Similar to national statistics, few women at our institution were at the level of professor or had received tenure. Only 5% of the female faculty were professors, versus 39% of the male faculty (p = .0001 in analysis limited to full-time faculty and adjusted for years on faculty). Only 13% of those women were tenured, versus 48% of the men (p = .0002 using the same analysis). Women in non-tenure-track positions were less likely than similarly situated men to respond that they planned to switch to the tenure track, but this difference was largely due to the responses of women physicians, who were least likely to report that they would switch to the tenure track.
Female physician faculty reported spending more time on clinical activities than did their male counterparts (p = .006) (Table 1). Female faculty reported having 40% less time to spend on scholarly pursuits than did male faculty; female physician faculty reported having the least time. Twice as many women as men reported that their academic progress was slower than that of their peers.
Ninety-five percent of the married or partnered women had partners who worked outside the home, compared with 60% of the married or partnered men. Women were more likely to report (35% versus 18%) that their partner's career considerations had had a major influence on their career development, and they were almost twice as likely (37% versus 16%) to report that they had changed career plans because of their partner.
Women were more likely to respond that they had not been advised about criteria for promotion (Table 1). Similarly, women were almost twice as likely as men to report that they did not understand the promotion and tenure criteria. Similar proportions of men and women reported having mentors, but the women's mentors were more likely to be women (17% versus 3%; p = .04) and less likely to be full professors (62% versus 87%, p = .007). Women were less likely (33% and 42%) to report that they met weekly with their mentors.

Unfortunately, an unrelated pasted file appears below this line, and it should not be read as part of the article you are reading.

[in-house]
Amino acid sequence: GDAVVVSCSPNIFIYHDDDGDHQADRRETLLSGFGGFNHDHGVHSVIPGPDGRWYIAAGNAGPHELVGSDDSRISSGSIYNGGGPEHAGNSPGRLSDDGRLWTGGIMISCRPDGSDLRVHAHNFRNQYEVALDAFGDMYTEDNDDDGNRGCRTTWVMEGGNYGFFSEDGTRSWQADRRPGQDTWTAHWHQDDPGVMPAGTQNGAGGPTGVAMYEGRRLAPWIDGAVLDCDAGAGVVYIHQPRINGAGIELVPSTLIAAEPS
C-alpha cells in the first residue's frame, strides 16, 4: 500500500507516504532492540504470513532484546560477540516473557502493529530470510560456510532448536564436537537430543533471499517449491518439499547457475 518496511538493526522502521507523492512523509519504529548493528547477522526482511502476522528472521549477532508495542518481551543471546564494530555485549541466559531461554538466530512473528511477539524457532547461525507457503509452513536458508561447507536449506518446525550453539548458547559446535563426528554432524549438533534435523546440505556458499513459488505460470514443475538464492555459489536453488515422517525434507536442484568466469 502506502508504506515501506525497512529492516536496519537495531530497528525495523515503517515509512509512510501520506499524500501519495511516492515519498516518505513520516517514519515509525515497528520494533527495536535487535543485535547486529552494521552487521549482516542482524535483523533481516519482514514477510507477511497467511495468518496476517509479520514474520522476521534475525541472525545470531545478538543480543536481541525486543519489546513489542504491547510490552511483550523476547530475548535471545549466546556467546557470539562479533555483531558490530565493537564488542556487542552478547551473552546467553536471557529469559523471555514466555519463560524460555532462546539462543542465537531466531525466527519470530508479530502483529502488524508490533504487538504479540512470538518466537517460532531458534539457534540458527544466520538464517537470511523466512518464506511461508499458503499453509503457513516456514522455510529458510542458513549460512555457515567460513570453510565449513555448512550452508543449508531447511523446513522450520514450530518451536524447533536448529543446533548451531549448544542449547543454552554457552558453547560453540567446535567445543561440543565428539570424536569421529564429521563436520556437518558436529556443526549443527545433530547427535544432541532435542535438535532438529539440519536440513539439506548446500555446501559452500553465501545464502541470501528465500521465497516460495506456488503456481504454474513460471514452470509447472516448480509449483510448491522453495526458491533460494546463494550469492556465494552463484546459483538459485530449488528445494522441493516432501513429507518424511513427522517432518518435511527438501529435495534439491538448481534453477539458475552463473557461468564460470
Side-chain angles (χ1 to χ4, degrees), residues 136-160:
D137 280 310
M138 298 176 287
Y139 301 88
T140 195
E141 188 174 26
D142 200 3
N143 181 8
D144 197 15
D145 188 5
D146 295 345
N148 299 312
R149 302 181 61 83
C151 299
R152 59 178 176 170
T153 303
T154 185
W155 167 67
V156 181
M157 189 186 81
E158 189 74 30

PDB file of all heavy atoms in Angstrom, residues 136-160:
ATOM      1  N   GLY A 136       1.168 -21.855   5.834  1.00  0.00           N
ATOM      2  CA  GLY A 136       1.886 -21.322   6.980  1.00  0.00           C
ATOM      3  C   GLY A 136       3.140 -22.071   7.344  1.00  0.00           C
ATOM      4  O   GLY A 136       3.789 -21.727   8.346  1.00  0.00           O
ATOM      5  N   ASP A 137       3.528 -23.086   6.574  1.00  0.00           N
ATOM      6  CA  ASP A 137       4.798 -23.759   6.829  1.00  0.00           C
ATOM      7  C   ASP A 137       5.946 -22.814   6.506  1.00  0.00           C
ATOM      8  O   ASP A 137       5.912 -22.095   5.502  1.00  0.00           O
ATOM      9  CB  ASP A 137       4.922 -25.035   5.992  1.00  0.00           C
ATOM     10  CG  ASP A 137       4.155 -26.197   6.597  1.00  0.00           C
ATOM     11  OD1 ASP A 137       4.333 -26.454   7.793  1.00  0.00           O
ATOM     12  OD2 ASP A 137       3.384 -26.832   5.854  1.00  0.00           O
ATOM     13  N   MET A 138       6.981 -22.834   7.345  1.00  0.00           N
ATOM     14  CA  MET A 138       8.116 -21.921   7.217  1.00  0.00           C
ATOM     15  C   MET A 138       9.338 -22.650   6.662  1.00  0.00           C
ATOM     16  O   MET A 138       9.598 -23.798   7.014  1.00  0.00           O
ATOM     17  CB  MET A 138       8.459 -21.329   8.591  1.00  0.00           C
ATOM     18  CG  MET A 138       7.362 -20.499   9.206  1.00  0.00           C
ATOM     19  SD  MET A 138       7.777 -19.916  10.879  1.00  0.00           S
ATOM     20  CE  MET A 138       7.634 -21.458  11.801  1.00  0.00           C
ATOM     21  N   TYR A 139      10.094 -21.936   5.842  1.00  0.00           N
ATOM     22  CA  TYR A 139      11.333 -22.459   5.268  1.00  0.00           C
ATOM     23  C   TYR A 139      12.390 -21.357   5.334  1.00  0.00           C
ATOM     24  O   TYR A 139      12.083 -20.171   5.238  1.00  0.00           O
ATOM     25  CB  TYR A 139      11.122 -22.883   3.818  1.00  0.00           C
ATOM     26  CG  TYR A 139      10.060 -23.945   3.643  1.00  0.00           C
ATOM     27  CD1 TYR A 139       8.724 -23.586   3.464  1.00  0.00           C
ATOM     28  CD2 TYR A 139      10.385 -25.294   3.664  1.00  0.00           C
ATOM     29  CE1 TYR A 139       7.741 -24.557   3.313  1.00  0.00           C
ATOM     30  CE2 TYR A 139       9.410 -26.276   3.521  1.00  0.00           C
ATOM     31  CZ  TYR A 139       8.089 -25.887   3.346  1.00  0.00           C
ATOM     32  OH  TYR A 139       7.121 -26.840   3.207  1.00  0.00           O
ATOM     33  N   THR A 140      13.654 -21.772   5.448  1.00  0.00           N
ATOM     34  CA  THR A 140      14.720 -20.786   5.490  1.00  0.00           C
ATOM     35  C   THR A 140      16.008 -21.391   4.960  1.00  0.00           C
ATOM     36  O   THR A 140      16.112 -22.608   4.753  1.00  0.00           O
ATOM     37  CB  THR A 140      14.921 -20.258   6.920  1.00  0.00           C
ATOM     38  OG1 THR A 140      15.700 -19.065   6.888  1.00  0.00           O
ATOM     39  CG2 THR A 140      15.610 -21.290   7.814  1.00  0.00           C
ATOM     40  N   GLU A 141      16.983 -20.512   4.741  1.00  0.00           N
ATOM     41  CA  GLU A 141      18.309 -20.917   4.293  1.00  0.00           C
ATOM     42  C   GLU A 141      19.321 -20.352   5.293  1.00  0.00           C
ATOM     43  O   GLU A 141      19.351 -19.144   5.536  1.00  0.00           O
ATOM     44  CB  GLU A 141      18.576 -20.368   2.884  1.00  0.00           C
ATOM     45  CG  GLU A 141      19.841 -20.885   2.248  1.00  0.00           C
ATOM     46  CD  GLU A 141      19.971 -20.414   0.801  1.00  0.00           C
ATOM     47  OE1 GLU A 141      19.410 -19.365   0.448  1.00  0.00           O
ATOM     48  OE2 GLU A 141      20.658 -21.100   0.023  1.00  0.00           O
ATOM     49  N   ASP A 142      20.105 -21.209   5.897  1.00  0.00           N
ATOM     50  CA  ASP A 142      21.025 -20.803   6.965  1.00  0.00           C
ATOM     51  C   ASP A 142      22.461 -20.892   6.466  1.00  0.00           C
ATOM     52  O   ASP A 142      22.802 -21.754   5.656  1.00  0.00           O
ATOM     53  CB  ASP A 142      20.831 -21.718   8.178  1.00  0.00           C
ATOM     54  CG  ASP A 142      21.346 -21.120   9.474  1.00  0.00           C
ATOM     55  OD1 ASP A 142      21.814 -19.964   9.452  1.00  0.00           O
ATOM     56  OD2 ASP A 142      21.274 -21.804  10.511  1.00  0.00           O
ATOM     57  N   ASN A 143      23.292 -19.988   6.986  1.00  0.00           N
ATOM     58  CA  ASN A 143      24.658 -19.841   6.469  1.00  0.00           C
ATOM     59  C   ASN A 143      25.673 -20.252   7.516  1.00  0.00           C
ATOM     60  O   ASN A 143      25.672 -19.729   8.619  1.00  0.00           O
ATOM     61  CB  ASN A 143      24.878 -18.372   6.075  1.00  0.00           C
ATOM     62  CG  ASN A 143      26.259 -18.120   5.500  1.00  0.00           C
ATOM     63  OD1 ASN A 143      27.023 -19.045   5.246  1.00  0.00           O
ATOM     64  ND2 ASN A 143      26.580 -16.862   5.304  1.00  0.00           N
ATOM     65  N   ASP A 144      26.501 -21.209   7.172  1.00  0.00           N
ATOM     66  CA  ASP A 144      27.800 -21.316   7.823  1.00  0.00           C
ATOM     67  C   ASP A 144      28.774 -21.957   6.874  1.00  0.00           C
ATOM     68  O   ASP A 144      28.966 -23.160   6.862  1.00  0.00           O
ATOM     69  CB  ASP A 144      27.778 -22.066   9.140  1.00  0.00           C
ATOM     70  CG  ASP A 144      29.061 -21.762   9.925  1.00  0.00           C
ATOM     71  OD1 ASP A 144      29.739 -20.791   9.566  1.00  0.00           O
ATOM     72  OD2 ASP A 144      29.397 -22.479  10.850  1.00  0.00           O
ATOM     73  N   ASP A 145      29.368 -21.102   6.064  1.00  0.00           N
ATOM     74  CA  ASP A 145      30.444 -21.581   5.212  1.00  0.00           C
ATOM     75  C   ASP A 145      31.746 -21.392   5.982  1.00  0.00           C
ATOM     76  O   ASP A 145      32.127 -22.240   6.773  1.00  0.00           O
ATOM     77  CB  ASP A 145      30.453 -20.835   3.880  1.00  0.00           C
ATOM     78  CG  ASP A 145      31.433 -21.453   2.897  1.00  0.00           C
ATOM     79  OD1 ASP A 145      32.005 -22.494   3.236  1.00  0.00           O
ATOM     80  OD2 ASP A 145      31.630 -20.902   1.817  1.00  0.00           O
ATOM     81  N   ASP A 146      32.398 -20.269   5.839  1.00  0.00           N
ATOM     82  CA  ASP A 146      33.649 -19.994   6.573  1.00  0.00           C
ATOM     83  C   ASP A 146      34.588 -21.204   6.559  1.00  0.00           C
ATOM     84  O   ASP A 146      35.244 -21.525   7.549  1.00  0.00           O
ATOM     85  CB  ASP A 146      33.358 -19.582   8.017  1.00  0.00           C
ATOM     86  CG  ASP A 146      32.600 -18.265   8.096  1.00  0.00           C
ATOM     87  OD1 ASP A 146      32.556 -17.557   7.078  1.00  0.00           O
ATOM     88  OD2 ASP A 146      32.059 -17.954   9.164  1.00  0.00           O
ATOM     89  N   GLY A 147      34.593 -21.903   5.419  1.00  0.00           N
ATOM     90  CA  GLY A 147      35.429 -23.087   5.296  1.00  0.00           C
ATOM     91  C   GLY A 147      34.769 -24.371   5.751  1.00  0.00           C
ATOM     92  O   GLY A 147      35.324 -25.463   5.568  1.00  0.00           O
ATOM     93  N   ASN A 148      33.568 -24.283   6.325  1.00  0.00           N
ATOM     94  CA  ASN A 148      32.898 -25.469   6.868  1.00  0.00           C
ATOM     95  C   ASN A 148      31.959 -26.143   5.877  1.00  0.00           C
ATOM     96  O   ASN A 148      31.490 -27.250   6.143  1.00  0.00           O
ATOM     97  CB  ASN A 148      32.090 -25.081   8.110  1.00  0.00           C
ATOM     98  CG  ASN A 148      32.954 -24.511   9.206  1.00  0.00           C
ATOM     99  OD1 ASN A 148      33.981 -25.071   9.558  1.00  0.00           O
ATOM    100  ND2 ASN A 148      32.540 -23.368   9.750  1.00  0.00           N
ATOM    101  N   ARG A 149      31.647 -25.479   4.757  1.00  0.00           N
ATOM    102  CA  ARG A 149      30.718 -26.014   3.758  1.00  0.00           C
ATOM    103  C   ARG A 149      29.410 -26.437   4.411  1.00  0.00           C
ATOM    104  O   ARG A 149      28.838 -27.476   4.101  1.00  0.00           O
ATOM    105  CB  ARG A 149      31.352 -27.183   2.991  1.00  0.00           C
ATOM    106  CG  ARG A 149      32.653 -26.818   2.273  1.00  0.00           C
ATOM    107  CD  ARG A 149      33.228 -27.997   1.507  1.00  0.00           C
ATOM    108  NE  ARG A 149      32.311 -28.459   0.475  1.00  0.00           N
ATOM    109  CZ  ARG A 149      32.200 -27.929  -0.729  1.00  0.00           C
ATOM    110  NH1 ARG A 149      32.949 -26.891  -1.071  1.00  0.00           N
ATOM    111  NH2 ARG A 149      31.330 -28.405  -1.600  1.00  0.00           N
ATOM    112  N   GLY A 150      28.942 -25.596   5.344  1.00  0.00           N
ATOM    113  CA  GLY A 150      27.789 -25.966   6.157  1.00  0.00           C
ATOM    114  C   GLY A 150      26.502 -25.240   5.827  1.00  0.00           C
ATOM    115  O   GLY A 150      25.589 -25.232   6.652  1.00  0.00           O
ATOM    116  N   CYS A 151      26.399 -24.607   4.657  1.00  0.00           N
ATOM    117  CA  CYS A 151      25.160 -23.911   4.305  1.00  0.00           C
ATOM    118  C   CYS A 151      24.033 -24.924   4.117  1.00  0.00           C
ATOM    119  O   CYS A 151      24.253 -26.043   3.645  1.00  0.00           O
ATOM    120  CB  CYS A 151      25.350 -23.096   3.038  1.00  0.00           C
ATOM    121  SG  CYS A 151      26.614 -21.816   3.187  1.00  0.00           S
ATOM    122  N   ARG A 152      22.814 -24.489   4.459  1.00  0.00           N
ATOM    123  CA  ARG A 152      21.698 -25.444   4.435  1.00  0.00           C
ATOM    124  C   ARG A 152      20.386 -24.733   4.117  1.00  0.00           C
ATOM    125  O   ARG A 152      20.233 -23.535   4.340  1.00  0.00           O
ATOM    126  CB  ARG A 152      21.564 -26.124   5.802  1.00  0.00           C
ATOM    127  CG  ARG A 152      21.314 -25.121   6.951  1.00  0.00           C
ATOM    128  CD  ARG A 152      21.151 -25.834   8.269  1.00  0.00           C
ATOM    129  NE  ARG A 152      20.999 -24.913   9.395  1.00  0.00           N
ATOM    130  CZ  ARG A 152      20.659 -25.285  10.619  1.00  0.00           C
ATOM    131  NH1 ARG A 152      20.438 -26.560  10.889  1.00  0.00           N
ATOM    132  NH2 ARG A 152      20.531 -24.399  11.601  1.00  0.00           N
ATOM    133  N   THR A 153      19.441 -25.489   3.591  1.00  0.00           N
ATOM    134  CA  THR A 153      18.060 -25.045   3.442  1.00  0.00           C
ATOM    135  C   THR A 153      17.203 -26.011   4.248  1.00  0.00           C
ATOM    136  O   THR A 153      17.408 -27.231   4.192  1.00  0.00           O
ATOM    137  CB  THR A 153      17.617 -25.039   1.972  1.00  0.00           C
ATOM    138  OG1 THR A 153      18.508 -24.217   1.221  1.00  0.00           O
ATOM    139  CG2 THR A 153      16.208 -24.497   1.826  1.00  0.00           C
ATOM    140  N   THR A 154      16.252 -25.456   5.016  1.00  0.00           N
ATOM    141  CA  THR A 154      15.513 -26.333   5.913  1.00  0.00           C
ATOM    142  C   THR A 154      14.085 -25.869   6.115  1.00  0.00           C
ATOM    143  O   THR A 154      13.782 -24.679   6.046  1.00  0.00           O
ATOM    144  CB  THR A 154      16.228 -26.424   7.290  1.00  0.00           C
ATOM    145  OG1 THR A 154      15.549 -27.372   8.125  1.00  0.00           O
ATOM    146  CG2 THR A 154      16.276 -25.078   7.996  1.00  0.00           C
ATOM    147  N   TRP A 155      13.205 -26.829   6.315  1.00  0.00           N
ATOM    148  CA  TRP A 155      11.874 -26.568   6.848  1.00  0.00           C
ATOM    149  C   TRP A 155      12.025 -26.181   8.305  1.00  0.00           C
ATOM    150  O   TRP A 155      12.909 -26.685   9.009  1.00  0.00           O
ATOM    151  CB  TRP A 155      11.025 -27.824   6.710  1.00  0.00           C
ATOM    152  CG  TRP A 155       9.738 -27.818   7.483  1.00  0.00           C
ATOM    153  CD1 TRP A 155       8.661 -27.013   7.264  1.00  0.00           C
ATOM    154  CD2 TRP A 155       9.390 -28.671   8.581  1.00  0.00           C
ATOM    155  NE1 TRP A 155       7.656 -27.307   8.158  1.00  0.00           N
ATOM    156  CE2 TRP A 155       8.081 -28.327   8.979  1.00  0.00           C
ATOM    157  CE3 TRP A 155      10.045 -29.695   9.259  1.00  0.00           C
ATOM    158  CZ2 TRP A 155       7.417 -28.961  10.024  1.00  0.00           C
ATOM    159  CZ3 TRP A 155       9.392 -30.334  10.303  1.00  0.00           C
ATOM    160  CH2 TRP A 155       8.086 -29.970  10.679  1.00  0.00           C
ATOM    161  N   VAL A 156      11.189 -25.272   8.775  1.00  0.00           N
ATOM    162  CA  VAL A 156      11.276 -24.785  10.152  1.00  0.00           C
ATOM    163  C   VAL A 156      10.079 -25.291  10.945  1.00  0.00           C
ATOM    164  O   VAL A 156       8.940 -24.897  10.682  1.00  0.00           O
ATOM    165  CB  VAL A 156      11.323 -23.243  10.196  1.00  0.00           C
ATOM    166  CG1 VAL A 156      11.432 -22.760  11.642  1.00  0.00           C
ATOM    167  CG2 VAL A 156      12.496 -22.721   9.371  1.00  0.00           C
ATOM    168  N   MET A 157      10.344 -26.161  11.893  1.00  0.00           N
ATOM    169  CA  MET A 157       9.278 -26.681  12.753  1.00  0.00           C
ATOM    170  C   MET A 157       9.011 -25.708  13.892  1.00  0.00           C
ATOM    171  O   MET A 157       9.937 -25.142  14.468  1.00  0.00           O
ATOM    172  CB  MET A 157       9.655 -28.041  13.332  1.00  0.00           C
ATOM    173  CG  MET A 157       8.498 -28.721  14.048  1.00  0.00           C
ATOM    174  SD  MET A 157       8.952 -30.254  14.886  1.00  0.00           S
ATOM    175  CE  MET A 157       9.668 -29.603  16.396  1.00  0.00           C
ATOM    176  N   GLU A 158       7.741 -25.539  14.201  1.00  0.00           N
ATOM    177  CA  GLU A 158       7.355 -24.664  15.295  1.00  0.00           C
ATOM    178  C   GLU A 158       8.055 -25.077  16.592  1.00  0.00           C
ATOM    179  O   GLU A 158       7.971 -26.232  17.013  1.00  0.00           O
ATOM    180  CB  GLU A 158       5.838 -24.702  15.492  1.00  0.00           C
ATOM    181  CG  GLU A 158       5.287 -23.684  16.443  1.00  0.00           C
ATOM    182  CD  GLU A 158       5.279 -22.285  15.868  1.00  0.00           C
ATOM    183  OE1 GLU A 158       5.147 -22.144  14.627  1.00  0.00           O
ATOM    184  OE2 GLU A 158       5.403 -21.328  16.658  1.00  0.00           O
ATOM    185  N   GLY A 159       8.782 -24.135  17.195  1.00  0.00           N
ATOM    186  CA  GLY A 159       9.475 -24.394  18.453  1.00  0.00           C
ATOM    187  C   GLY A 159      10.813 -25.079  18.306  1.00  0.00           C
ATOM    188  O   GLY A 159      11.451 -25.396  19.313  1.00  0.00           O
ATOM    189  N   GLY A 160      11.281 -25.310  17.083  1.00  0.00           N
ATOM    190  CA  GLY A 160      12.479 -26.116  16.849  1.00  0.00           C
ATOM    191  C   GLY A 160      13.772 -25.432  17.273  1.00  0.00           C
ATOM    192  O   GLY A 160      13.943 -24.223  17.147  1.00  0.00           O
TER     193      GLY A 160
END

Values Related to Academic Success and Recognition
Faculty rated how they personally valued different accomplishments as signs of their career success. Female and male faculty both valued aspects of their careers that contributed to the local mission of the school of medicine: high-quality patient care (89% of women and 82% of men), a good relationship with patients (80% and 71%), and a good relationship with peers (69% and 56%). However, the female faculty were less likely to value accomplishments such as national visibility (p = .02), scholarship (p = .0002), and leadership (p < .0001) (Figure 1). Differences in the attitudes of men and women about scholarship and national recognition were largely due to the lower ratings given by the female physicians. However, both physician and non-physician female faculty rated leadership lower than did male faculty.
When asked whose recognition of their work they valued, the female physicians were more likely to mention patients, trainees, and local peers than national peers (Figure 2). Eighty-five percent of the faculty highly valued recognition by promotion, with no significant differences by gender (86% of men and 81% of women). However, the subgroup of female physicians was less likely to rate promotion highly (Figure 3). Physician faculty were less likely than non-physician faculty to value receiving tenure as a measure of their achievement (p < .0001), and female physicians were least likely to value it highly. Women who were 45 years old or younger were more likely to value tenure than were women who were over 45 (55% versus 48%).
Our survey confirmed that, despite similar years of training at the start of their academic careers, women and men progress at different rates toward the highest academic ranks. There are several reasons for this. Women are more likely to be in part-time positions, which preclude tenure at our institution and almost half of other academic medical centers.11 Women are more likely to be in clinical positions, which make it more difficult to do research and participate in scholarly activities that result in publication and national recognition.6 As has been reported by others, women are also less likely to report that their division or department head had discussed promotion and tenure criteria at their annual reviews and more likely to report that they did not understand those criteria.9